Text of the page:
DUBAI // Hundreds of people fell from the sky yesterday as the emirate's second International Parachuting Competition got off to a flying start.
With 500 entrants from 43 countries taking part, the contest was the broadest effort yet to make the emirate a landing point for skydivers around the world.
The 10-day event drew world-record holders and other top parachutists, or skydivers. Its main selling points included a generous US$320,000 (Dh1.2m) in prize money, the gentle winds off the Gulf that make for ideal parachuting conditions and the view of the Palm Jumeirah.
"It's not easy to concentrate because it's so beautiful," said Deborah Plat, 28, a commando in the French Air Force, who has competed worldwide for the French military team since 2001. She holds the women's world record for accuracy landing, which requires parachutists to land from 4,000 feet onto a bull's-eye the size of a CD.
"The conditions are not very difficult here," she said, rolling up her parachute outside the French tent on a grassy field. In the clear sky above, colourful parachutes wended their way down like drifting jellyfish.
Another draw for the competition are the two acrobatic air shows led by the well-known Hungarian pilot Zoltan Veres. His team performed at the opening ceremony last night and will appear again on January 14.
The push for a parachuting competition came when skydivers from the Emirati team found themselves constantly travelling abroad for their sport, explained Yousif Hassan al Hammadi, the head of the competition's organising committee and president of the Emirates Aviation Association.
It and other national teams will compete in two of three events, accuracy landing and formation skydiving.
In the latter, four parachutists drop from 10,000 feet and carry out a series of set poses while a fifth teammate films footage from above for judges to watch later. For the minute they perform their stunts, good teams can hit up to 30 poses.
The third individual event, canopy piloting, will have the biggest crowd appeal. As skydivers near the ground, they jerk their parachute strings to veer and rebuild so much speed they almost go back into freefall. But instead of crashing into the ground they zoom across a narrow marked path just inches in the air.
They will do several rounds, judged separately for how fast they can cross the path, how long they can go without touching the ground, and how close they can come to landing at a designated spot.
In a new category this year, they will also be invited to perform stunts across the path - some have zoomed across lying belly down, others might twist and turn several times before stopping.
"I hope they surprise us with new manoeuvres," said Barbara Holzer, a member of the organising committee.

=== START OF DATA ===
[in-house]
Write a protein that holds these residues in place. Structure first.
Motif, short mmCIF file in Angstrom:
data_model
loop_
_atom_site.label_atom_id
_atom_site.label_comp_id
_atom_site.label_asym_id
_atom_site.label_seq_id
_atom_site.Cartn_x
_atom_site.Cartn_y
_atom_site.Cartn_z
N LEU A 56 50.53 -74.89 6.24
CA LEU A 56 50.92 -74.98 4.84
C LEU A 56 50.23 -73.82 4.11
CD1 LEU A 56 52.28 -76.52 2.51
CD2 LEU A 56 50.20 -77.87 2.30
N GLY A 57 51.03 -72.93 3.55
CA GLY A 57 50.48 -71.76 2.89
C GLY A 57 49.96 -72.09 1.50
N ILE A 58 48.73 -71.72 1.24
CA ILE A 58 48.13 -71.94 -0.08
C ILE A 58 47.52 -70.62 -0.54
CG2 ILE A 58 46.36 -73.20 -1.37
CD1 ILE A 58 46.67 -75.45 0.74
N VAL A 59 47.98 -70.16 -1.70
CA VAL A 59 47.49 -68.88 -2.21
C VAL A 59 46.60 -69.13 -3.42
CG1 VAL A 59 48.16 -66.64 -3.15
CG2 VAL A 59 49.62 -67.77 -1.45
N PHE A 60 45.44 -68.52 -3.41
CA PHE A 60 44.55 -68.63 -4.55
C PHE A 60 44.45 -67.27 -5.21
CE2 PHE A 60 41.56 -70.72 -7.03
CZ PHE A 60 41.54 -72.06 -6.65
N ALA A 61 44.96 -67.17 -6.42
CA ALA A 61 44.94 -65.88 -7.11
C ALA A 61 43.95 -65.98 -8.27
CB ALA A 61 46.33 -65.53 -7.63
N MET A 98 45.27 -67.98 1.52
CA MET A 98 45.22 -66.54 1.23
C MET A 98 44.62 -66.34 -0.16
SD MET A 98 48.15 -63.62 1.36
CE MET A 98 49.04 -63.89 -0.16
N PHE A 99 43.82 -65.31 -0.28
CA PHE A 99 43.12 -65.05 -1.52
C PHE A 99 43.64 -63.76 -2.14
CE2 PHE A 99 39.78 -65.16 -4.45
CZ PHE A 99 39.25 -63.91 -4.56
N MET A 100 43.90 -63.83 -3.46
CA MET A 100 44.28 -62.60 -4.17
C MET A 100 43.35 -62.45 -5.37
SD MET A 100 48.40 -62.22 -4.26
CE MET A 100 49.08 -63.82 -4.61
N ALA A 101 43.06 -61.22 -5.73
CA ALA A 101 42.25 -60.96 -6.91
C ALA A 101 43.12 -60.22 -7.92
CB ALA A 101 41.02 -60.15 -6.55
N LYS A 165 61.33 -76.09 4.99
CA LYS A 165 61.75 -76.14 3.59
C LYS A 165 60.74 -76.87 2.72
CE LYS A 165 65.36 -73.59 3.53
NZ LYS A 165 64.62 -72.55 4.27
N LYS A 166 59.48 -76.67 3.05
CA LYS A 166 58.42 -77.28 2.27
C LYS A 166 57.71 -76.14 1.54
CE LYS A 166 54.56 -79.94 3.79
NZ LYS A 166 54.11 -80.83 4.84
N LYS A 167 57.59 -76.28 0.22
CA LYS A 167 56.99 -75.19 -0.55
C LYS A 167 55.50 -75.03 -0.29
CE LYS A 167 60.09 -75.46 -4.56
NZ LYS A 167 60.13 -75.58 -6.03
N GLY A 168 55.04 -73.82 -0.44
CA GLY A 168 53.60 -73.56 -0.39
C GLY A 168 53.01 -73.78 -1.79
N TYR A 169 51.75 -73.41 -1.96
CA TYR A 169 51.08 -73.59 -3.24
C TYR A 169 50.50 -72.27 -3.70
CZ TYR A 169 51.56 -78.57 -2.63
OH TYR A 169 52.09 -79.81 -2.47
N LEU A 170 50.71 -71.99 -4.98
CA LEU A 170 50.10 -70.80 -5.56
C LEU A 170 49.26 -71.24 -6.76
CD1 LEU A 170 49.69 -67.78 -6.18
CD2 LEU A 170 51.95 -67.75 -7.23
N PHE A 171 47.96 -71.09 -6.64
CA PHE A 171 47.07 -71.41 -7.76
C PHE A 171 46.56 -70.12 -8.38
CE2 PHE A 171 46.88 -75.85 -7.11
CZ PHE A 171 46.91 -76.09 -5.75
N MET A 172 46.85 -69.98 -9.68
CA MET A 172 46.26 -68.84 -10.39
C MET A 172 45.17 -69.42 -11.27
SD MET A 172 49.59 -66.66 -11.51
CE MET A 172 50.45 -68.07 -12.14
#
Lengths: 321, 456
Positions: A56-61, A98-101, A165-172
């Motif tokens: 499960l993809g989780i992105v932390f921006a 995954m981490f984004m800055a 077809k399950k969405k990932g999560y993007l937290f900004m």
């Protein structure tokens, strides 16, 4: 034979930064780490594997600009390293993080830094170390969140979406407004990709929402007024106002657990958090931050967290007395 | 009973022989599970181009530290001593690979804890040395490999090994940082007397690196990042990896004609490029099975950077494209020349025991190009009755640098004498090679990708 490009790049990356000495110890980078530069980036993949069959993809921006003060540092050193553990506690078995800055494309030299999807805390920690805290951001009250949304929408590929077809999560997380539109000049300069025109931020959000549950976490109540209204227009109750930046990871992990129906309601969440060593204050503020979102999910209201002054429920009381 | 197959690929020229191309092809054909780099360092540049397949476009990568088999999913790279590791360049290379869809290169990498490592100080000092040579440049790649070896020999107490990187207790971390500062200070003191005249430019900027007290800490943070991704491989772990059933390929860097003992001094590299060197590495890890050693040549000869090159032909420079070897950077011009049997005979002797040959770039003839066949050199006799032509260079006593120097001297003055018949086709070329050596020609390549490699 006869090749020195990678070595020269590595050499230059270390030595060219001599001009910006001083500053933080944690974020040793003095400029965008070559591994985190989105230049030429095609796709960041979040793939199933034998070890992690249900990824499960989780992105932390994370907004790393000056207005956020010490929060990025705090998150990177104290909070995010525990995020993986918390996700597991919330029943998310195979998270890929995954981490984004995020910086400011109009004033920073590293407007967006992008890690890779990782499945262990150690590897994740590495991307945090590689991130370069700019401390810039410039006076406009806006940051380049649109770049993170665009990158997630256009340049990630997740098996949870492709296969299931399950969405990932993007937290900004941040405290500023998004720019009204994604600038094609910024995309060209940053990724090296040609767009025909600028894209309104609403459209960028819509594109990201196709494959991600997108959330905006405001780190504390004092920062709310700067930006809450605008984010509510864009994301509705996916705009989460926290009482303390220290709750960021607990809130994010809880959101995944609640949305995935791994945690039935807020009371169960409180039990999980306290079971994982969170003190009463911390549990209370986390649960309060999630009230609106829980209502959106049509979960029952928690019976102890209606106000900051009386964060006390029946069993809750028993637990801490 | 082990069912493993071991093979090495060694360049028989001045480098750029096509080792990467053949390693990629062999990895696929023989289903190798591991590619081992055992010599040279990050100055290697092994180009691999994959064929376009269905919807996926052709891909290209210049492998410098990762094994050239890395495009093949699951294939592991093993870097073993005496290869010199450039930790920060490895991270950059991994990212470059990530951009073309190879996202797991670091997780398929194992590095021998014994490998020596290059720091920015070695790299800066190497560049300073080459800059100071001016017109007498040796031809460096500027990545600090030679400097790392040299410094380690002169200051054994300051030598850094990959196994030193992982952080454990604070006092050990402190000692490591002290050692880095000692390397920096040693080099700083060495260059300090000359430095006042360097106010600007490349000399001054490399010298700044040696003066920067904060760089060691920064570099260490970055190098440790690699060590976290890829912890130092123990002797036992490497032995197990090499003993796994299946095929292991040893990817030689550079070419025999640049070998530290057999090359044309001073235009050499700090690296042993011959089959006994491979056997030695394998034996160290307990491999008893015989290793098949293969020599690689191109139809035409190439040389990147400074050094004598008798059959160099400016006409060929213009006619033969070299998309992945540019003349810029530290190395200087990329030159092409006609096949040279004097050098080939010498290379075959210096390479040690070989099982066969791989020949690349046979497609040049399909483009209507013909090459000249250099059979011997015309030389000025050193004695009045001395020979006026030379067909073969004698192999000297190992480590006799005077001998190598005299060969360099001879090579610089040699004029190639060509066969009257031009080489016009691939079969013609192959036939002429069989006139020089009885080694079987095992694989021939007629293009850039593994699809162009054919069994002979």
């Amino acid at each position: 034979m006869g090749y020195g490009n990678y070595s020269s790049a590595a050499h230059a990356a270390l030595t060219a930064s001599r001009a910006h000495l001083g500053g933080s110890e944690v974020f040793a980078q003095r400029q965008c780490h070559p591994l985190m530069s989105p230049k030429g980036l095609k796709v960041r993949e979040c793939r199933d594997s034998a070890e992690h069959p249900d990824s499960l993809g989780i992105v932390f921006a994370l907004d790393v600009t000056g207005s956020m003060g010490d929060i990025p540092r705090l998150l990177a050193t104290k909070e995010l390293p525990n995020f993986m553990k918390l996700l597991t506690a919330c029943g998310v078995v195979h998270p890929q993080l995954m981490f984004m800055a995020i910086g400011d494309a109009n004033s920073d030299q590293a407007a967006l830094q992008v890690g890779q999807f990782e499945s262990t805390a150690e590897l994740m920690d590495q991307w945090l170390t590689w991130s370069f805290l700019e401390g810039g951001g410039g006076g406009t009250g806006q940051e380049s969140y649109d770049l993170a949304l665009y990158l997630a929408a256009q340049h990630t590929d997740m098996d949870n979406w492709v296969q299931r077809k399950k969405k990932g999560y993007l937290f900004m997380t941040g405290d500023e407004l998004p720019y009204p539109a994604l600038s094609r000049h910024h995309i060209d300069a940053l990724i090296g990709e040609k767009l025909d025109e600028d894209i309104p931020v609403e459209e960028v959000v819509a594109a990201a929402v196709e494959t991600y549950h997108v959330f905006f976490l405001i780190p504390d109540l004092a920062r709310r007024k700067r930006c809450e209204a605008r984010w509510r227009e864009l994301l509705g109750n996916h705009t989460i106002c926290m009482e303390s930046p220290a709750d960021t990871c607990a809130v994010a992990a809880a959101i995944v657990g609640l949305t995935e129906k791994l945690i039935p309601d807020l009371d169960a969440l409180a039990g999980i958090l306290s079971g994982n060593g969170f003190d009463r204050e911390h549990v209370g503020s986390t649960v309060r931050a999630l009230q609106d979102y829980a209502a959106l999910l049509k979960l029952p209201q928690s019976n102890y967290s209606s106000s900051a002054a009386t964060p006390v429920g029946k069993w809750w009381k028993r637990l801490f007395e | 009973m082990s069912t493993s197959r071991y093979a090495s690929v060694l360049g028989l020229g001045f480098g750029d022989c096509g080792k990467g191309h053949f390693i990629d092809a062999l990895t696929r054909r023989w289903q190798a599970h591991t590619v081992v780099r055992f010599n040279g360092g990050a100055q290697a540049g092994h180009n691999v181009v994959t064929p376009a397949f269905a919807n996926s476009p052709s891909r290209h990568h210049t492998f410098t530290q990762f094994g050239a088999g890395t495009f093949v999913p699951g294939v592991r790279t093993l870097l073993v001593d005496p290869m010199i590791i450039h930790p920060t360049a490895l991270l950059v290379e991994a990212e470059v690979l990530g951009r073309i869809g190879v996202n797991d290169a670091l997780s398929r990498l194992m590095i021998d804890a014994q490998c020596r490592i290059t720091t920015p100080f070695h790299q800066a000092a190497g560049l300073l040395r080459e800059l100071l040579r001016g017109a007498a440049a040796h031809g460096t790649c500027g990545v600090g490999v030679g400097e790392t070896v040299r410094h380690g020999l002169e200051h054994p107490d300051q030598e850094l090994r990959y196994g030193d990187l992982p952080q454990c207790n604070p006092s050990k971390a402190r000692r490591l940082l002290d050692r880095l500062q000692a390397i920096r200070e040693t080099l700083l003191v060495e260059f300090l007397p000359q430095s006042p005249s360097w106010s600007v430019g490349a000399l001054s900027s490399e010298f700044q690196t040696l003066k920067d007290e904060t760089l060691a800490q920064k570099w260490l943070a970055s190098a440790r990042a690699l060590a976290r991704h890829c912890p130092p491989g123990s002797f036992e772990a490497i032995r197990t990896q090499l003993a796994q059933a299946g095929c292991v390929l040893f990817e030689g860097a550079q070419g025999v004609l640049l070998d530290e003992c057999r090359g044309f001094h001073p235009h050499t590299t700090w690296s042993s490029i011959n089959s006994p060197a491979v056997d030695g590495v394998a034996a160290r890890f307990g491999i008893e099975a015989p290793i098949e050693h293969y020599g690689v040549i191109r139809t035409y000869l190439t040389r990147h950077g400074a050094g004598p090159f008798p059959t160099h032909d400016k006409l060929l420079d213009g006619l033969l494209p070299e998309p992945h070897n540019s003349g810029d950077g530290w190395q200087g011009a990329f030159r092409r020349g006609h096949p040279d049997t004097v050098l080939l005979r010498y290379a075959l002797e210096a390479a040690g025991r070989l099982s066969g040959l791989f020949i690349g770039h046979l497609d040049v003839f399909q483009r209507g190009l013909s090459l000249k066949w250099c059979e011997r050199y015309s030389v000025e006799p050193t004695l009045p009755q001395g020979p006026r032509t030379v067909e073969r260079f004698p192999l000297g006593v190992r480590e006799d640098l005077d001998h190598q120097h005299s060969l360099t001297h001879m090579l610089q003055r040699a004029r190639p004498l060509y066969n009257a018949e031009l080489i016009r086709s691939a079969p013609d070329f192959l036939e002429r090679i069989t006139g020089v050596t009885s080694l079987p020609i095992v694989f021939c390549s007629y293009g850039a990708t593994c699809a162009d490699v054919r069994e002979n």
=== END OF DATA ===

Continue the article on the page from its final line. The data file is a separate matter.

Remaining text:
Over the past year, Dubai has opened a new skydiving centre, or "drop zone", a skydiving school, and a skydiving team led by Sheikh Hamdan bin Mohammed, the Crown Prince of Dubai, who recently joined the sport.
The drop zone, which sits next to Jumeirah Beach Walk and is hosting the competition, has five helicopters and planes to escort professional skydivers and first-timers year-round.
"I like being in the air, the freefall," said Muhammad Nadeem, 30, from Pakistan, who began taking lessons a month ago and came to watch the canopy skydiving. "I love to see the ground coming so fast and at the last minute, you pull the string and you fly," said Marat Leiras, from Brazil, who won second place in canopy parachuting at last year's competition before being recruited to join the new UAE team.
Since resettling in Dubai a year ago, he has parachuted 800 times.
"It's love," he said. "The best skydive in my life will be the next one."
The three categories in the competition:
This is the most famous type of parachuting. Teams of four drop from 10,000 feet and, within a minute, rearrange themselves in a series of poses: they face each other, turn around, line up. A cameraman above shoots footage that is later evaluated by judges.
This is the most traditional form. Individuals start at about 4,000 feet and, over the next several minutes, carefully wind their way down towards a tiny target. For the best parachutists, landing even three centimetres away is too far off.
This is the newest and coolest category. As they near the ground, competitors take a sharp turn to regather speed and zoom across a long marked path just inches from the ground. They compete in separate rounds for speed (up to 120kph), distance (up to 180 metres before hitting the ground) and accuracy (where they must touch the ground at a certain spot). This year they will also compete in a new round called “freestyle”, where they can show off their stunts, such as crossing the path backwards or doing a few turns before stopping.
A conversion in this story has been corrected since its original publication. US$320,000 is Dh1.2 million; rather than the US$320,000 (Dh118,000) that was originally published.